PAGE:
Neighbour wants to dig up my alleyway...

Not really a DIY question (for me at least), but I'm just looking for a few pointers and this groups seems one of the sanest I've used...
My new neighbour, (3 houses away) a builder/developer is renovating the property but has a problem with the house in-front of it (really an unused shop) - his Electricity and water come through it and the current owner isn't happy about it. (Neither would I be, I guess)
Anyway, neighbour wants to dig up my alleyway to run new water & electricity supplys into his property. He says he'll do it all properly & make sure his lawyer contacts our lawyer to get the right approval, whatever, and he'll make good by laying a new pathway round my house (and round the 2 other houses he has to go by too)
I principle I think this will be OK (we could do with a new pathway!) and I don't doubt his building skills, etc. but I'm just after any info regarding stuff I ought to be aware off, things to ask, etc.
Any hints & advice would be appreciated!
Thanks,
Gordon
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On Wed, 12 Nov 2003 11:20:09 +0000 (UTC), Gordon Henderson wrote:

First thing I'd do is get a letter off to him, agreeing in principle to his request, but strictly subject to all your legal requirements being in place. That way, if he goes ahead without legal things tied up, you have got something you can point to.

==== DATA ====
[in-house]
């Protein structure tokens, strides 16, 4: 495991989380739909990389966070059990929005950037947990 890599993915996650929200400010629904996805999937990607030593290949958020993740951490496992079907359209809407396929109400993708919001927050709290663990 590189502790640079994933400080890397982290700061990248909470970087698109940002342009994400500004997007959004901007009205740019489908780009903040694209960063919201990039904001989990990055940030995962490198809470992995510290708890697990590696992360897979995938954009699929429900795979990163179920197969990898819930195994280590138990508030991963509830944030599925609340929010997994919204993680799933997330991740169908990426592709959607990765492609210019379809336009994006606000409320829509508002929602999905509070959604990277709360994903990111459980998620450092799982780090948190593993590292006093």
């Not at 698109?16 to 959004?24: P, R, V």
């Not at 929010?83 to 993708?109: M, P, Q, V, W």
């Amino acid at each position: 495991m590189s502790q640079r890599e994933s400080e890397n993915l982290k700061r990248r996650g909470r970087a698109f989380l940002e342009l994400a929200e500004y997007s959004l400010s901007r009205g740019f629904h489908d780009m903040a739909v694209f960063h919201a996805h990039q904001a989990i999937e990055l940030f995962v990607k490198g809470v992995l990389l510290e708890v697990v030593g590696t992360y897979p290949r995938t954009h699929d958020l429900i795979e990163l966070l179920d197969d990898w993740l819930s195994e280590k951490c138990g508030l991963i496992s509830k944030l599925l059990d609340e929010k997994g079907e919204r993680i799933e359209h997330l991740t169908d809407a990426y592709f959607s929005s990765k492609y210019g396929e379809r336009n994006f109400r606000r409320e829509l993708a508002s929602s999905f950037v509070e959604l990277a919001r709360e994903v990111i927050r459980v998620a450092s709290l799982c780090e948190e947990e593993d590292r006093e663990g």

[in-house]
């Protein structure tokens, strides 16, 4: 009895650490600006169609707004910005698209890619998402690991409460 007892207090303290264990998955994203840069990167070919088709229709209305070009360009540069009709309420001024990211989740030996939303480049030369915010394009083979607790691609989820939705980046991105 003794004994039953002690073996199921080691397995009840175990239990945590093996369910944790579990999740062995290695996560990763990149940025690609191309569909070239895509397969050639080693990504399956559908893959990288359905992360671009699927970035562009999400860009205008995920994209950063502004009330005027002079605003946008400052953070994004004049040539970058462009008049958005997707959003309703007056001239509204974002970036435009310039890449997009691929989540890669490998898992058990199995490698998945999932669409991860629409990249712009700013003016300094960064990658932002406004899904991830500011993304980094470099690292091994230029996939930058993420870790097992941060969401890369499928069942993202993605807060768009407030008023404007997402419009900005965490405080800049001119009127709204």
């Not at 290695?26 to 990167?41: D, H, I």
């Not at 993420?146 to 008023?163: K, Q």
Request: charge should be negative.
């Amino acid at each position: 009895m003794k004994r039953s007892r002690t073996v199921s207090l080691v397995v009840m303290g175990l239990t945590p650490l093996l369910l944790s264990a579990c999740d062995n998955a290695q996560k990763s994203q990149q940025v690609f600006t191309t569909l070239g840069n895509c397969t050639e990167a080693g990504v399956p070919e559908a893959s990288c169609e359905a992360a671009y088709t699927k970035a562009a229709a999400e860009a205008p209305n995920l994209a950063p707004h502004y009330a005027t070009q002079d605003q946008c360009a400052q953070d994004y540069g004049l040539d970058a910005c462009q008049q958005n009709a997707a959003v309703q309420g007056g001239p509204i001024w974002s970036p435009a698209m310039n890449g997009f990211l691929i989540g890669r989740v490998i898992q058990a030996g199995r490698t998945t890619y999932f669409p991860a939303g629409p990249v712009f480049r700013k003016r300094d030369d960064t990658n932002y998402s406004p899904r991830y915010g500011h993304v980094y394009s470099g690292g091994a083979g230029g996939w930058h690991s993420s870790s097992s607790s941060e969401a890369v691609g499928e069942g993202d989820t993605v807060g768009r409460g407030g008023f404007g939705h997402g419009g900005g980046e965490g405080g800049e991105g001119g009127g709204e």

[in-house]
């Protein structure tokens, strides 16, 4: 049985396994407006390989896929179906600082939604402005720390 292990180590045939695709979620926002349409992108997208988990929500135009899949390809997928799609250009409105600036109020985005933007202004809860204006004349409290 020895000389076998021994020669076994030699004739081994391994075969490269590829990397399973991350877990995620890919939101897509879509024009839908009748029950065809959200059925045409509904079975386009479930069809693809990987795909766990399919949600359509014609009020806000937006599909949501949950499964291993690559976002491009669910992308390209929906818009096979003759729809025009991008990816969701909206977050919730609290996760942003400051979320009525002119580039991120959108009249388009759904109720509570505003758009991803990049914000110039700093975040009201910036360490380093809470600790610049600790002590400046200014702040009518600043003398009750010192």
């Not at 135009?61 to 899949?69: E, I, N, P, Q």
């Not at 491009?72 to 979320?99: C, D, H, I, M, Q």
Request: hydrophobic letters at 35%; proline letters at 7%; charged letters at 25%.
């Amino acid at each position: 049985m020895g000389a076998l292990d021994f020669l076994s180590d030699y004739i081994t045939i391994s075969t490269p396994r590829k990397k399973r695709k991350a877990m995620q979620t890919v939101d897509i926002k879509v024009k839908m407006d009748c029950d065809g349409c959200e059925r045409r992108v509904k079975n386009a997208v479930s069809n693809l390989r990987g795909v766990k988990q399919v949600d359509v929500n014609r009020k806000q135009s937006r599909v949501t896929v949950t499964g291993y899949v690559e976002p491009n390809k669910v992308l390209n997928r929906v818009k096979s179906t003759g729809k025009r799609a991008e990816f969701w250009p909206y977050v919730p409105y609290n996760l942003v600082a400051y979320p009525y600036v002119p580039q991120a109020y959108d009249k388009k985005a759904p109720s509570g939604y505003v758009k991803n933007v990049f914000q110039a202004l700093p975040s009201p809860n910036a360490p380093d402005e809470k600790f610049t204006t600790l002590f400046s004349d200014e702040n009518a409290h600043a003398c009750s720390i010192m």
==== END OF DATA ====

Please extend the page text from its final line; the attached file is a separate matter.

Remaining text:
All works and legal costs, including yours, to be at his expense. I'd think you'd also need to grant him some form of easement or permission to cover the route of the services, with a right to dig up, repair and make good, again strictly at his expense.
A decent conveyancing solicitor should be able to advise you on what is required. That sort of thing should be their bread and butter.
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"Wanderer" wrote | Gordon Henderson wrote: | > Anyway, neighbour wants to dig up my alleyway to run new water & | > electricity supplys into his property. He says he'll do it all properly | > & make sure his lawyer contacts our lawyer to get the right approval, | > whatever, and he'll make good by laying a new pathway round my house | > (and round the 2 other houses he has to go by too) | First thing I'd do is get a letter off to him, agreeing in principle to | his request, but strictly subject to all your legal requirements being | in place. That way, if he goes ahead without legal things tied up, you | have got something you can point to. | All works and legal costs, including yours, to be at his expense. I'd | think you'd also need to grant him some form of easement or permission | to cover the route of the services, with a right to dig up, repair and | make good, again strictly at his expense.
Also, that he indemnifies you against all claims and holds public liability insurance for the works in progress.
Owain